You are viewing this site in staging mode. Click in this bar to return to normal site.

Supporting a vast range of rehabilitation services, ensuring the world’s poorest have access to life-saving healthcare


People with disabilities in Haiti often face severe discrimination with minimal access to medical care and other basic human rights. Often among the poorest in society, their struggling families may abandon them in desperation, making them some of the most vulnerable and marginalized people in Haiti.

On 12th January, 2010 a devastating earthquake ravaged the country of Haiti. It was a disaster on a huge scale, killing 250,000, injuring a further 300,000 and leaving millions without homes. This event sparked HHA’s response to provide treatment and rehabilitation for those who suffered spinal cord injuries during the earthquake. This work remains a core part of our mission in Haiti and now includes a wider range of disability rehabilitation.

Rehabilitation Care:

Following the devastating 2010 earthquake in Haiti, hundreds of people were left completely or partially paralysed due to spinal cord injuries (SCI). SCI rehabilitation had never been done before in Haiti, yet there was a huge need to respond. HHA subsequently partnered with the UN, Swiss Paraplegic Foundation, Konbit Sante, Team Canada Healing Hands and MSPP, to open Haiti’s first permanent SCI centre, a 20 bed inpatient and outpatient facility.

Hope Health Action stands up for these vulnerable people by providing specialist treatment and rehabilitation, respite care for families, and by giving them a voice in their community.

Before 2010, people with spinal cord injuries had a 1-2 year life expectancy and were often refused care at medical facilities due to the lack of knowledge about their complex injuries. But now, even those with the worst injuries are surviving and re-integrating into society in amazing ways…starting families, completing university, starting businesses, and even competing on the world sporting stage in Paralympic events. This has since become a national referral centre providing support for patients with SCI, strokes and other neurological disabilities.

Alongside our hospital-based services, HHA also supports a community team in Haiti.  This team support over 100 families who have children with disabilities. They ensure families receive pastoral support and have appropriate referrals to health or rehabilitation services. In addition, they advocate on the family’s behalf, making schools, government services and religious institutions more inclusive of persons with disabilities.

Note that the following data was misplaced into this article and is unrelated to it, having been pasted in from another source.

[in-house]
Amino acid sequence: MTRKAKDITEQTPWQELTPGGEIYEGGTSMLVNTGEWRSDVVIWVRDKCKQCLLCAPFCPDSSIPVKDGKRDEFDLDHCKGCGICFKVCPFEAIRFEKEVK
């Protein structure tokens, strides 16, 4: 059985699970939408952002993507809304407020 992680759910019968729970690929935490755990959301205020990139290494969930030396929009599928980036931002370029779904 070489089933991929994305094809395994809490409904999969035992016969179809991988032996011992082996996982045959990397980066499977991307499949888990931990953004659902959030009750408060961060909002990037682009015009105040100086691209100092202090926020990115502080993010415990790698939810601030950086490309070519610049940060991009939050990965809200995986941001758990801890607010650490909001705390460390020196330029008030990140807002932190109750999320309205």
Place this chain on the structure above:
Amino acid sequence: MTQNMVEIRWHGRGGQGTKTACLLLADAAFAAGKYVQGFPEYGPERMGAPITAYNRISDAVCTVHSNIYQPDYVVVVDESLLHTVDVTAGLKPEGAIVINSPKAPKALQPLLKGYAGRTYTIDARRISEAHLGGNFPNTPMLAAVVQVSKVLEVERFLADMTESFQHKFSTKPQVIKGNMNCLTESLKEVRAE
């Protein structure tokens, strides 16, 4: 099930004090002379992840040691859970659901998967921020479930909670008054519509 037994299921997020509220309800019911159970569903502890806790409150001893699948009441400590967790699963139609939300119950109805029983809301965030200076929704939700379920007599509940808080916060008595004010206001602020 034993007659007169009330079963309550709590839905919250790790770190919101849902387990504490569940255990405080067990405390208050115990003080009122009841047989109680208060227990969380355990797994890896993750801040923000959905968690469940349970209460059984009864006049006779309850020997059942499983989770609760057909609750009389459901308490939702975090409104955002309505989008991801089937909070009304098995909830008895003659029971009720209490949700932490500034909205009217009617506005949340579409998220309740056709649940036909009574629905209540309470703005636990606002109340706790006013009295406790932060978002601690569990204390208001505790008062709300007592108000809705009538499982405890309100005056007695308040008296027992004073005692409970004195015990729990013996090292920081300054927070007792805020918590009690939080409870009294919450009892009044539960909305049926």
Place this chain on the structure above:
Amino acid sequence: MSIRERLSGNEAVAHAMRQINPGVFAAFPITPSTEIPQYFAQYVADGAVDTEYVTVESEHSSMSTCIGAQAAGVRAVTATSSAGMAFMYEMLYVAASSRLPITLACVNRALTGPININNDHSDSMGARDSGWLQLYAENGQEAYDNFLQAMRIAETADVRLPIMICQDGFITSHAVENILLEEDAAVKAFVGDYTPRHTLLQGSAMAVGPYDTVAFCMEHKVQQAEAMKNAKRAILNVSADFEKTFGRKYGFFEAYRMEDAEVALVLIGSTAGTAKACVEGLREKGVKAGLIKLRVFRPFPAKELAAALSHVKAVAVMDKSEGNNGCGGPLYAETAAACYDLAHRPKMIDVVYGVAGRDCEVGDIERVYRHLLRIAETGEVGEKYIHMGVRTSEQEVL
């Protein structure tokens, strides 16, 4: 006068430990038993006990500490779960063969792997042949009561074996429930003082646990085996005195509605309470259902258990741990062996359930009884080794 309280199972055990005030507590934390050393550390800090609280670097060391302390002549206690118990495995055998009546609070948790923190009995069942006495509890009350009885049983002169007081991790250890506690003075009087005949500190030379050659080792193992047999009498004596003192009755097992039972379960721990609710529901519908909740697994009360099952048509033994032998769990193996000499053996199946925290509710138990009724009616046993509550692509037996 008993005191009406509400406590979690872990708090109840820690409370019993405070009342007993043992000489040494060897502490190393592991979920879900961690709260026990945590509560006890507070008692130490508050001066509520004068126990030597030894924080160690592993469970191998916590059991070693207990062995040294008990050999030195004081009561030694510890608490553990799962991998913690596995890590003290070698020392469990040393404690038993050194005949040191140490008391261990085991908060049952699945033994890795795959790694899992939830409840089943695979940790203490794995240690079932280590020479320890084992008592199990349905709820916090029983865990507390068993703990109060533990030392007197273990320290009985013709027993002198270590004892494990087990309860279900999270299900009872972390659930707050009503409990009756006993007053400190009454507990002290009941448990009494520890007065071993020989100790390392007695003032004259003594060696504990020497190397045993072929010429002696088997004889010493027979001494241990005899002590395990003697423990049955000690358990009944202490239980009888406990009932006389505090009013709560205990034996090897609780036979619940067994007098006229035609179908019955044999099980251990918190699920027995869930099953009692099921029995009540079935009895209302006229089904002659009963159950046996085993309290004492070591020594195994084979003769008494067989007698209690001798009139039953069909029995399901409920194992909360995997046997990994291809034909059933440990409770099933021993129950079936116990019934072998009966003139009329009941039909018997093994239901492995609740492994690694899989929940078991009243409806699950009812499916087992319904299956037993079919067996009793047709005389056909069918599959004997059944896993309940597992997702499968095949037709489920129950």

Project Start Date: 2011

Lives being impacted: Over 800+ adults and children treated each year



Disability Rehabilitation Case Study

Stevenson is 19 years old and has Down's Syndrome. Last year Stevenson’s mother called some of the staff at our hospital, desperate for help. As his mother shared more about Stevenson it was clear he’d had a bad stroke. Despite his condition, he was turned away from multiple health facilities who said they couldn’t help. His family finally made the decision to take the 7-hour journey to our Rehabilitation Unit so Stevenson could receive care.

When he arrived, Stevenson was unable to walk or talk due to his stroke. After extensive rehabilitation at our unit, it has been incredible to witness him now proudly walking around the Rehab Unit as the life and soul of the hospital.

One particular afternoon at our hospital chapel, one of our Chaplains, Samuel, a tetra-plegic survivor from the earthquake and one of our first spinal rehabilitation patients, was leading worship. On the front row, Stevenson was joyfully playing a tambourine and taking the lead with the singing!

Without the care and support from our rehabilitation staff, Stevenson would have been left to struggle on, his quality of life very much reduced by the effects of his stroke. As Stevenson has now progressed and continues to follow his rehab plan, he and his mother can now live independently back in their own home. This is only one of many of the stories of those who have been impacted by the care and support from our Rehabilitation Unit.